The Goldilocks Zone: Earth-like Planets Outside our Solar System
The Goldilocks zone, also known as the habitable zone (HZ) is the region around a star in which Earth-like planets may be found.
To be habitable, at least by carbon-based life forms, a planet must contain liquid water on its surface. This only occurs for a narrow range of temperatures. The temperature of a planet is largely determined by its distance from the star that it orbits.
Goldilocks Planets Discovered so Far
HD 85512 b
This exciting new discovery is the best candidate for habitability yet. Discovered in August 2011, this planet, which is 3.6 times the size of Earth, orbits star HD 85512 in the constellation Vela.
This planet is slightly warmer than Earth, at around 30 to 50 degrees Celsius. If it has a suitable atmosphere, with sufficient cloud cover to shield it from the star's harsh rays, it could be a suitable environment for extra-terrestrial life to develop.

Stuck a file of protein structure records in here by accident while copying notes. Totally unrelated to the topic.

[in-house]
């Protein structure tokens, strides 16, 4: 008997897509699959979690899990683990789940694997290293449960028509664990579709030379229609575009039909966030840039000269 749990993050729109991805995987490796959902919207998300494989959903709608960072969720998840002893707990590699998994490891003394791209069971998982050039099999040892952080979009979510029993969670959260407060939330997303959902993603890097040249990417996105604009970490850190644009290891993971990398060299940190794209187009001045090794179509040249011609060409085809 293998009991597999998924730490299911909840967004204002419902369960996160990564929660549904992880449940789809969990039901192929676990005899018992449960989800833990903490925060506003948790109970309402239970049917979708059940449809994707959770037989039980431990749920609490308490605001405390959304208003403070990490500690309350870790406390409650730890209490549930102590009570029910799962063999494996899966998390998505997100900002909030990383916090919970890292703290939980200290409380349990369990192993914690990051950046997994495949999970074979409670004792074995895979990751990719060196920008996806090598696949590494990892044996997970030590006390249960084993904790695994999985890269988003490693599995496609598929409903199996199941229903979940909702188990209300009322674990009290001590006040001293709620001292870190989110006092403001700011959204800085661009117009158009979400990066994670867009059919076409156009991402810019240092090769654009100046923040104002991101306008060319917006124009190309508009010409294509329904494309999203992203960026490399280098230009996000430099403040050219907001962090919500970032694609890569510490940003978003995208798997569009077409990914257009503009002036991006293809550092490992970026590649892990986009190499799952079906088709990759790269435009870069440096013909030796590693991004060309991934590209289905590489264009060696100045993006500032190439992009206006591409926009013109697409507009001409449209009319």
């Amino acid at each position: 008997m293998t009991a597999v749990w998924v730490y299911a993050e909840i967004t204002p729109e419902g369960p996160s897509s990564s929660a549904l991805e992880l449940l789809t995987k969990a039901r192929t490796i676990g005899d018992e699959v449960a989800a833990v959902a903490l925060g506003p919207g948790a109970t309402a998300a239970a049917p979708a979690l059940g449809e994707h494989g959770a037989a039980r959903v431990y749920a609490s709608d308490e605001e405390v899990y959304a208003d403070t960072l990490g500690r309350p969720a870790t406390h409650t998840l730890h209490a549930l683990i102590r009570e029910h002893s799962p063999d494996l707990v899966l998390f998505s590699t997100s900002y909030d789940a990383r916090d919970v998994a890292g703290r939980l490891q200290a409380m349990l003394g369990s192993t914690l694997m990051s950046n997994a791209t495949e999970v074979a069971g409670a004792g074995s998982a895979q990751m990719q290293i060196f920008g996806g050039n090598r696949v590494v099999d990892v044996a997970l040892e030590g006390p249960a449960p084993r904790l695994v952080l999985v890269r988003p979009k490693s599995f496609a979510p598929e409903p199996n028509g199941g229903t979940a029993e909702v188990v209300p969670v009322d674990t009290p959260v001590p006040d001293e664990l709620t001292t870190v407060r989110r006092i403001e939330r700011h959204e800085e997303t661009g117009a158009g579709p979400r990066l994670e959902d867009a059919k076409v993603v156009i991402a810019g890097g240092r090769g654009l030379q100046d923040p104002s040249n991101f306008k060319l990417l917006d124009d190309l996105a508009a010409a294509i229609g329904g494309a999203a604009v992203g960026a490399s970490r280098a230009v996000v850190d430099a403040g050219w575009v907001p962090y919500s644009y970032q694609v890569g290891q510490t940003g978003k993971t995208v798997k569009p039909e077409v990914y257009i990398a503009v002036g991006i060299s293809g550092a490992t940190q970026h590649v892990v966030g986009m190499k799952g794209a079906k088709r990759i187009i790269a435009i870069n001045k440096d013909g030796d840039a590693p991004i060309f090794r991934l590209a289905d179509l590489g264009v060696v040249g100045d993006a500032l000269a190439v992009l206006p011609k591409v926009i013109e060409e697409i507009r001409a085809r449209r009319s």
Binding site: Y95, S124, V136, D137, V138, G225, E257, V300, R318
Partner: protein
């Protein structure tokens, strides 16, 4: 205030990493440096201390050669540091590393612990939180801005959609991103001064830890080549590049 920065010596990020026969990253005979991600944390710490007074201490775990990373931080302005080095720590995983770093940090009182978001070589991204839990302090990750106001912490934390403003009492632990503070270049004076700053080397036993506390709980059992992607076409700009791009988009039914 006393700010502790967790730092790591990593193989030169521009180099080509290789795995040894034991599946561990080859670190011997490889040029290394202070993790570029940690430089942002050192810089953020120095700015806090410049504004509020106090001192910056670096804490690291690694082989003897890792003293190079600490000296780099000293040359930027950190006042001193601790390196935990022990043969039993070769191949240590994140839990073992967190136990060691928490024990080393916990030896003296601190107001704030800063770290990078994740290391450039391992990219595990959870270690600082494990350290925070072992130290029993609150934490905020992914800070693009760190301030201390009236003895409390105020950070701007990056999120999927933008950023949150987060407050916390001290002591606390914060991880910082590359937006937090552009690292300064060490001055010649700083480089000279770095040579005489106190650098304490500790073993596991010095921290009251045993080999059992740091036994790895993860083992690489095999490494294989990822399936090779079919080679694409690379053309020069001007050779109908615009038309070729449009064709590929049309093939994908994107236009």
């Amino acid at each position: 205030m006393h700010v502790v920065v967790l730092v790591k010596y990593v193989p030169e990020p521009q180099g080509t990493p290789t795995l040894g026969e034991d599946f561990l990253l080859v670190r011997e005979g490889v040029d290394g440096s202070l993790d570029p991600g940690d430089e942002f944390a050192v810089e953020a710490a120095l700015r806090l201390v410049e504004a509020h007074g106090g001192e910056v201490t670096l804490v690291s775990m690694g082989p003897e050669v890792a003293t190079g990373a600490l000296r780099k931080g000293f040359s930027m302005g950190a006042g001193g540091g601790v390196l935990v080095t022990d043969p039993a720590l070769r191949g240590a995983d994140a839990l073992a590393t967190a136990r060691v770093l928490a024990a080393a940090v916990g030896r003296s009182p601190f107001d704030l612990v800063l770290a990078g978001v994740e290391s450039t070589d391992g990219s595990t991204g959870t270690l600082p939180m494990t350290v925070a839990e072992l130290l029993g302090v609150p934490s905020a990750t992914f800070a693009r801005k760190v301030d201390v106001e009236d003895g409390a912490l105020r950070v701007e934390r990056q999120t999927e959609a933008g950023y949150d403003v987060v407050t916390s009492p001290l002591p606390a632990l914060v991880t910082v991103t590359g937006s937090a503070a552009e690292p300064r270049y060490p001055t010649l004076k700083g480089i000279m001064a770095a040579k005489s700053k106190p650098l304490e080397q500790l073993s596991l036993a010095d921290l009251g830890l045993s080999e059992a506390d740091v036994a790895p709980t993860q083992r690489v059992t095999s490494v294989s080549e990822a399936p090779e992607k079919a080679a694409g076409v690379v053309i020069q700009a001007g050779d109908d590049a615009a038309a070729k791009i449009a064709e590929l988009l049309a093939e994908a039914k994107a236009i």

Gliese 581 d
Gliese 581 is a red dwarf star located in the Libra constellation, approximately 20 light years from Earth. The planet Gliese 581 d was discovered in 2009 to be in the star's habitable zone. It is located towards the outer edge of the Goldilocks zone, so it may be slightly too cold to provide an environment in which life can thrive. In 2010, astronomers reported the possibility of a second planet located in the middle of this star's habitable zone. However, this has not yet been confirmed.
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Astronomers are excited about the discovery of exoplanets, or extra-solar planets. It is possible that there are planets like Earth orbiting other stars. The Kepler telescope has detected over 1000 exoplanets.
- What is a Dwarf Planet?
In addition to the 8 planets - Mercury, Venus, Earth, Mars, Jupiter, Saturn, Uranus and Neptune - the solar system also contains several dwarf planets. Find out where they are and why they are so special.
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